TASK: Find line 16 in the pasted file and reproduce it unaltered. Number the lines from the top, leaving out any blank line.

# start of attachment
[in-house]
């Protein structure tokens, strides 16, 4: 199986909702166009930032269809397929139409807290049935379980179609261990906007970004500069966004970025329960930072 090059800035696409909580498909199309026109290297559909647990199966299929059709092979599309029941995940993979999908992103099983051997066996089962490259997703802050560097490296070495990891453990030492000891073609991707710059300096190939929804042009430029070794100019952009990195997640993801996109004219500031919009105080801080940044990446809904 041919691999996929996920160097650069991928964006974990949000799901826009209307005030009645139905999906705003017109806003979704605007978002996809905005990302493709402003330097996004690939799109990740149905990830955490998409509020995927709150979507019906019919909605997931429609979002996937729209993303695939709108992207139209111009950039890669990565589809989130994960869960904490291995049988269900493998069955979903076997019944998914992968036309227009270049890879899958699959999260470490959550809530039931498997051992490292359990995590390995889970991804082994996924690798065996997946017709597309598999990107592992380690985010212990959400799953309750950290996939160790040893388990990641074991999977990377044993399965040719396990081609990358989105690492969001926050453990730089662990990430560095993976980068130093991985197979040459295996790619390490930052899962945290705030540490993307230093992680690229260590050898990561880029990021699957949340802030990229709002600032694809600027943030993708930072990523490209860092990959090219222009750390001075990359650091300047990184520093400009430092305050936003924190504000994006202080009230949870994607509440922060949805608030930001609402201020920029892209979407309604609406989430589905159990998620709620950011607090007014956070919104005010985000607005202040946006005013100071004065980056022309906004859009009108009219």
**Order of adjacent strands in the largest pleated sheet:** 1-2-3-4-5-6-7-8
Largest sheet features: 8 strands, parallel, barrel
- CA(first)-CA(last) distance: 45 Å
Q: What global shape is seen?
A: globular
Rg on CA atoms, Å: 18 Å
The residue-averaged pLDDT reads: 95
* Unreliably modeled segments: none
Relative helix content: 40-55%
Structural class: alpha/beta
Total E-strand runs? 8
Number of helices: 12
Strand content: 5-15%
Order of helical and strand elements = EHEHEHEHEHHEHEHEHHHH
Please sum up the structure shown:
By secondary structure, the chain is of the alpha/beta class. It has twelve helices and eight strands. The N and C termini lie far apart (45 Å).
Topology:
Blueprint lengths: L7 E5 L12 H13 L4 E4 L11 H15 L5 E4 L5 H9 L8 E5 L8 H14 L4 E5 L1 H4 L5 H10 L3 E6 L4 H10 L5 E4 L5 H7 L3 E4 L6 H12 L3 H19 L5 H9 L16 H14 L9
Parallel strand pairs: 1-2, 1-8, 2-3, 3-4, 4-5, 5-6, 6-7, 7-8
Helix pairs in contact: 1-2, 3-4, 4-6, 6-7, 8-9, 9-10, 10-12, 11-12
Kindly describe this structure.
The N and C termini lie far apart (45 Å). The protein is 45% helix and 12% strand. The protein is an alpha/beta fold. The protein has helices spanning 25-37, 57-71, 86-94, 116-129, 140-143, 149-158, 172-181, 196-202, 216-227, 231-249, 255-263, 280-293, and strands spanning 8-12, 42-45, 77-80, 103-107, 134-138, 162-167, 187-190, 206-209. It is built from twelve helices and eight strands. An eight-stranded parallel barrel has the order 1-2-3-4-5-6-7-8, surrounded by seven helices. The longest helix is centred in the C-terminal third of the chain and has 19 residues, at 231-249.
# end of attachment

Order of helical and strand elements = EHEHEHEHEHHEHEHEHHHH